I love this passage, and I’ll tell you why, but it’s going to take a little time. We are at the end of chapter 25, which is the end of the beginning, and the beginning of the end. These are Jesus’ last words of public preaching, public proclamation in the Temple. The past two Sundays have been given over to the parables leading up to this—the “stay awake,” parables, the “keep watch” parables. Then Jesus tells this story—which is more a tale of judgment than a parable. After this, Jesus says to his disciples: “You know that after two days, the Passover is coming, and the Son of Man will be handed over to be crucified.”

So the last thing Jesus wants to tell the people is how Son of Man, at the ending of the end, he will judge the nations.

“When the Son of Man comes in his glory,” Jesus begins, “and all the angels with him, then he will sit on the throne of his glory. All the nations will be gathered before him, and he will separate the people one from another, as a shepherd separates the sheep from the goats, and he will put the sheep at his right hand, and the goats at the left.” (Matt. 25:31-33).

Here is the Son of Man… the term that sounds so mysterious to us, but which, in Hebrew and Greek, simply means, “the mortal one.” But this mortal one is also, somehow, the Judge of all mortals. And he comes in glory with an angelic retinue, and sits upon his throne. And now, he is also a shepherd dividing the flocks of the nations.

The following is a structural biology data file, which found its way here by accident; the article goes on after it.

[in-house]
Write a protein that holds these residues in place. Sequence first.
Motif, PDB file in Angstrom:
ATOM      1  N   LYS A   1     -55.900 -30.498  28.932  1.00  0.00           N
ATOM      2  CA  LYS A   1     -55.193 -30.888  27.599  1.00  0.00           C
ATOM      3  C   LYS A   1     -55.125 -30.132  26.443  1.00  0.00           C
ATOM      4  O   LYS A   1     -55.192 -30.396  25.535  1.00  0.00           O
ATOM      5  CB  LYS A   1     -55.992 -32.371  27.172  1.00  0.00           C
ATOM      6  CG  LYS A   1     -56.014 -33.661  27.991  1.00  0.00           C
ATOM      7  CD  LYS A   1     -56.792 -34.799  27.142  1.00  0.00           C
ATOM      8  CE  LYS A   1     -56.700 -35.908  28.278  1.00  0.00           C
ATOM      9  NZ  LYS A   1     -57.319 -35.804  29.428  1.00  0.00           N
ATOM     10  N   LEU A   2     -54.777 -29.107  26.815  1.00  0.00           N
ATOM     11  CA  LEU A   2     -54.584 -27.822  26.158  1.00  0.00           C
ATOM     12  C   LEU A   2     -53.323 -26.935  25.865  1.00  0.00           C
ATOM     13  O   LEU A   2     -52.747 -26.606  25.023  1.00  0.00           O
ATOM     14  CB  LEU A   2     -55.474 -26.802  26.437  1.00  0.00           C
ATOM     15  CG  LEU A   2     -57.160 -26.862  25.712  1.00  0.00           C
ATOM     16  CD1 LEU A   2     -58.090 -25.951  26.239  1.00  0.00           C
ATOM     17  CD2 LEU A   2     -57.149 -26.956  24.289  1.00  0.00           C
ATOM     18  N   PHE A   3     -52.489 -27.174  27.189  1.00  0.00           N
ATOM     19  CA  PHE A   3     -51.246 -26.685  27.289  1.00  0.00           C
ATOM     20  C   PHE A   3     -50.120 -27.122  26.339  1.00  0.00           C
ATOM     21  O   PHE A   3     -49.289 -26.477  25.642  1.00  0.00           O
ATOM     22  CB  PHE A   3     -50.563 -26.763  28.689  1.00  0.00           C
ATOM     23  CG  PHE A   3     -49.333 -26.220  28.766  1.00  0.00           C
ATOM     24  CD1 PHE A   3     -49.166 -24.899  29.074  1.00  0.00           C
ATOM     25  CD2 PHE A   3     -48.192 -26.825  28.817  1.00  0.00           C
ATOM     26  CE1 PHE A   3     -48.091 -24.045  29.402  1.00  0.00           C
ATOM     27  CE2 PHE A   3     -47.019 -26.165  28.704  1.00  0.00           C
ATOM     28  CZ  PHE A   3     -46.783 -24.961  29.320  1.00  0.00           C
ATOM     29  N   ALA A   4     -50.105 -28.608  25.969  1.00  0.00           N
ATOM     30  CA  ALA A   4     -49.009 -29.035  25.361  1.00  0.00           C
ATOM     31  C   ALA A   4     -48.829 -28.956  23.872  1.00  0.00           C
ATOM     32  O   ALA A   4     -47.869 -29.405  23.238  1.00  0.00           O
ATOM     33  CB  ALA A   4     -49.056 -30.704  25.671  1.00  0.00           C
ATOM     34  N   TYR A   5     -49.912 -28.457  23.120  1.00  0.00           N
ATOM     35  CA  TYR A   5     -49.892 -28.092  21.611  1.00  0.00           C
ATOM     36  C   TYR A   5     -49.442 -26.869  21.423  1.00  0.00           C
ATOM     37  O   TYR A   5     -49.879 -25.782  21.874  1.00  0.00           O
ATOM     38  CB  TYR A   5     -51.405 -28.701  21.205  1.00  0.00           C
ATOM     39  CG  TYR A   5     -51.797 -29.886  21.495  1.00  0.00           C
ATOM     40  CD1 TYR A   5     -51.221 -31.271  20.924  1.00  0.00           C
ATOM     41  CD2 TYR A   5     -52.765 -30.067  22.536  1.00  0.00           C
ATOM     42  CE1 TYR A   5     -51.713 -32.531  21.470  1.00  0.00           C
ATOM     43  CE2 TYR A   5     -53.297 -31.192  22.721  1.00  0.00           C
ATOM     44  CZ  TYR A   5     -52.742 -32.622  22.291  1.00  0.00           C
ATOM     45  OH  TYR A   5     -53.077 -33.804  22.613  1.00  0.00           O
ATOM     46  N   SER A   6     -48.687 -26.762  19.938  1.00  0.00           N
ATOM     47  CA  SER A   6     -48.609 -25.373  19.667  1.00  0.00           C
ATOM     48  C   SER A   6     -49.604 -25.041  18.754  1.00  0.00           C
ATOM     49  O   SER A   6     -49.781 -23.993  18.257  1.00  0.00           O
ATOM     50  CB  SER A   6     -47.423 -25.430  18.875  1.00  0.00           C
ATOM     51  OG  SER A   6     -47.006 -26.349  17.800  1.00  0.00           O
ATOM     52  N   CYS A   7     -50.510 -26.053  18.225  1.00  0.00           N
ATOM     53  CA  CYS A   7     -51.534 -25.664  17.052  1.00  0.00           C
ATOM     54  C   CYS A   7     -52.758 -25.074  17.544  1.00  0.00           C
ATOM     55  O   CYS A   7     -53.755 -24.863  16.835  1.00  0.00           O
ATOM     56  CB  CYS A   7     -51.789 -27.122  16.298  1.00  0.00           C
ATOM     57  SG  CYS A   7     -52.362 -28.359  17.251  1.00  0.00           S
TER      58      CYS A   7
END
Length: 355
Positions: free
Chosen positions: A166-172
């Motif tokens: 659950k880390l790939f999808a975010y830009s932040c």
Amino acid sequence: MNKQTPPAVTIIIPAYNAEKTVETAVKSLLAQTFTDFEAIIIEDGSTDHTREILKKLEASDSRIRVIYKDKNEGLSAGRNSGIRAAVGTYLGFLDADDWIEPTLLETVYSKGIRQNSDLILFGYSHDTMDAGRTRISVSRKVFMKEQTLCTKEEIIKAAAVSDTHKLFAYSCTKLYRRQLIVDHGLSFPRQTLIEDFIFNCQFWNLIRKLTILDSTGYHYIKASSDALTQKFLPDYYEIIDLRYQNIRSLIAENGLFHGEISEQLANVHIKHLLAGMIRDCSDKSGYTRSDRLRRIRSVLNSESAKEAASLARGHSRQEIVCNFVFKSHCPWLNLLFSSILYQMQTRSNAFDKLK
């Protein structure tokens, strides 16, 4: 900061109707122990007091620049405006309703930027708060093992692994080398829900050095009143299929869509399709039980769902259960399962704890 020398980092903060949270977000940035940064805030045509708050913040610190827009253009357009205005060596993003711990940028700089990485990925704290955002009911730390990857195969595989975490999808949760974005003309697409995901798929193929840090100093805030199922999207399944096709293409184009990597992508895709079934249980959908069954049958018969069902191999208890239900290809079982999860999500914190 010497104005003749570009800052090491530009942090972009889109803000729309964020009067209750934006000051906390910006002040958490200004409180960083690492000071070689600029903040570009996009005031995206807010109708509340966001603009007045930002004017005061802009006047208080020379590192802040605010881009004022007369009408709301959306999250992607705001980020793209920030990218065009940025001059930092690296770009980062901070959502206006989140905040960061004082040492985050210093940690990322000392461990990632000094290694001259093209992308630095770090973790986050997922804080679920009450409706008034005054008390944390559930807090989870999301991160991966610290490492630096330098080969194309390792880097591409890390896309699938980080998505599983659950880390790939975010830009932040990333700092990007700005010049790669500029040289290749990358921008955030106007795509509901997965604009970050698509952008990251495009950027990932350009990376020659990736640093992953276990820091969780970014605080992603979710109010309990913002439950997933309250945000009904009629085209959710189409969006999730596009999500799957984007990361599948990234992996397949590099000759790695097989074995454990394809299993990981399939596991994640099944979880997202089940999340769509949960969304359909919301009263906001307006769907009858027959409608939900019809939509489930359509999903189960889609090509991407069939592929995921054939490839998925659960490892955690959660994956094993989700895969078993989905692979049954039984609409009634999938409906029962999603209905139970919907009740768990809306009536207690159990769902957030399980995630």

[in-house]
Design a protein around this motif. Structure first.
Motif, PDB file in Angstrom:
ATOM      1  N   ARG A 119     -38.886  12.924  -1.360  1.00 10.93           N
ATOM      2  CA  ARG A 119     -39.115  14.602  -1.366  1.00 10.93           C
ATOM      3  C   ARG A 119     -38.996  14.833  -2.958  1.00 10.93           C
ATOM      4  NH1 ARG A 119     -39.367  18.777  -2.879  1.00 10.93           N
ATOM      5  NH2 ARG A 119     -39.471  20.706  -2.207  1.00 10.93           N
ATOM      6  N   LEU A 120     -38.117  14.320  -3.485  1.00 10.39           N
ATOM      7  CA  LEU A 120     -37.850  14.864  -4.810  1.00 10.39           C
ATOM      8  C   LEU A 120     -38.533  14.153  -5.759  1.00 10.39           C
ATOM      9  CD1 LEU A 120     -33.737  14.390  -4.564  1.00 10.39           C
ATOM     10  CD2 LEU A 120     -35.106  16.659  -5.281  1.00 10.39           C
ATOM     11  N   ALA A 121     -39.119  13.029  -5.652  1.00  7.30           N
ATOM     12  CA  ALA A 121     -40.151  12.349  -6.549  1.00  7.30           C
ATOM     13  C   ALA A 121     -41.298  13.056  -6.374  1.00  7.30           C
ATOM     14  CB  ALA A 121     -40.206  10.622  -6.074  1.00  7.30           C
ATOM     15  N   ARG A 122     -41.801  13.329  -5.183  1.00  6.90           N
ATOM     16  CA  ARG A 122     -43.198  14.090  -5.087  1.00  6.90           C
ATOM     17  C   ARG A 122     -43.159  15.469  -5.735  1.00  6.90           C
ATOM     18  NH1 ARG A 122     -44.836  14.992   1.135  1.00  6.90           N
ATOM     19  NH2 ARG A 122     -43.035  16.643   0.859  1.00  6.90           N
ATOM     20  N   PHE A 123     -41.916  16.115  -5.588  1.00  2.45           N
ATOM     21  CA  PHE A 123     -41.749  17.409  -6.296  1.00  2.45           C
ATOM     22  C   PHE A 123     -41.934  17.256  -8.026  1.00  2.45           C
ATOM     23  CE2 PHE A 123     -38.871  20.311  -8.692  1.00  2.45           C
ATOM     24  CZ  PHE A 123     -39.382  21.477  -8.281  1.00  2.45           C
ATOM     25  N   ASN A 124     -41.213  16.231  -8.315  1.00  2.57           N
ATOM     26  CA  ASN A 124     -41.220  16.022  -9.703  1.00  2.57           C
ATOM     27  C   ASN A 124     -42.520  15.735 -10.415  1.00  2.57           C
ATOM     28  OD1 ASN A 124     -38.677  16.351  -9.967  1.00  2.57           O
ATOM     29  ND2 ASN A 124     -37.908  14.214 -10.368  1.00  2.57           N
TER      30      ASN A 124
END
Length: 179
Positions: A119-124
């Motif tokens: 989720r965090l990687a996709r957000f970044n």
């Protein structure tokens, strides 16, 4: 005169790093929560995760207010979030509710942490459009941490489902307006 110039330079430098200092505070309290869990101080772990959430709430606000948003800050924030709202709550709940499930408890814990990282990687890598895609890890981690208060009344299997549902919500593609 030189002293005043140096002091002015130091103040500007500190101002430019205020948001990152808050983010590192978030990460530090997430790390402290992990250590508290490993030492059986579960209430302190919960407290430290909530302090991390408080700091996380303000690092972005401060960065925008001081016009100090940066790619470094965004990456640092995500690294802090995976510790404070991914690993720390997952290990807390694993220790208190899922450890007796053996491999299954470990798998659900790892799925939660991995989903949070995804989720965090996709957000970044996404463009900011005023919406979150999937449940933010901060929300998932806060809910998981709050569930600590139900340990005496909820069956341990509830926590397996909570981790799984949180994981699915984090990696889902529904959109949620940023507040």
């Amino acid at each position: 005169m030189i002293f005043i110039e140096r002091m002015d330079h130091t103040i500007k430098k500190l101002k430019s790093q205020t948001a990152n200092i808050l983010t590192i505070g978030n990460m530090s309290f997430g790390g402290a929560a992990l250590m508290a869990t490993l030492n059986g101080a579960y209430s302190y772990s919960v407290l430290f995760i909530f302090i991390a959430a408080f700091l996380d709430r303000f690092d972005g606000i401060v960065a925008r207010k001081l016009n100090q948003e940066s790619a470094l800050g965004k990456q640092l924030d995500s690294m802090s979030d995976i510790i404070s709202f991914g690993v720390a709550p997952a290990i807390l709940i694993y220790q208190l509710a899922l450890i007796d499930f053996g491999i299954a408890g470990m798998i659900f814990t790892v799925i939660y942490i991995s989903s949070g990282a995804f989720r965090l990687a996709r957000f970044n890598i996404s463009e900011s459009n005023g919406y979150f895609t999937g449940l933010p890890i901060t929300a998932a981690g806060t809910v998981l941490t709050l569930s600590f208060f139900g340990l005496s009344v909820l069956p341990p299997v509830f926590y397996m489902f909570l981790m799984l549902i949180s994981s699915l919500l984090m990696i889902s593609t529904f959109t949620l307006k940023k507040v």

Jesus, the Son of Man. Jesus, the Judge. Jesus, the King. Jesus, the Shepherd.

And as the tale unfolds, something surprising happens. The Son of Man tells those on his right—the right being, in scripture, symbolic of power and favor—he tells them, they are blessed of God, and they are to enter the kingdom prepared for them from the foundation of the world. This is because they cared for him. When he was hungry, they fed him. When he was thirsty, they gave him something to drink. When he was a stranger—and, in the bible, that means, a foreigner, an immigrant—they welcomed him. When he was naked, they clothed him. When he was sick, they cared for him. When he was in prison, they visited him. This is all very surprising to those designated sheep. They don’t remember, and they ask when all this happened.

Jesus says: “I’m telling the solemn truth: Whenever you did one of these things to someone overlooked or ignored, that was me—you did it to me.”[i]

We meet God in the last place we expect. We find God in the poor, the hungry. The lost, the lonely. The alien, the immigrant. The suffering, the prisoner. We find God there, and we have an opportunity to open ourselves to that encounter. We have a chance to meet God there, to know the Holy One.[ii]

This is why I fell in love with this passage so long ago: Completely absent from this tale of judgment is one single word about the usual ways we divide ourselves as Christians. Jesus does not say, “Enter into the kingdom prepared for you from the foundation of the world, for when someone doubted the Virgin Birth you corrected them! When someone told you they were gay, you reminded them they were sinners. When someone said women could be preachers, you told them they had rejected me.” Completely missing from this scene of judgment is any notion that what we believe enters into the equation.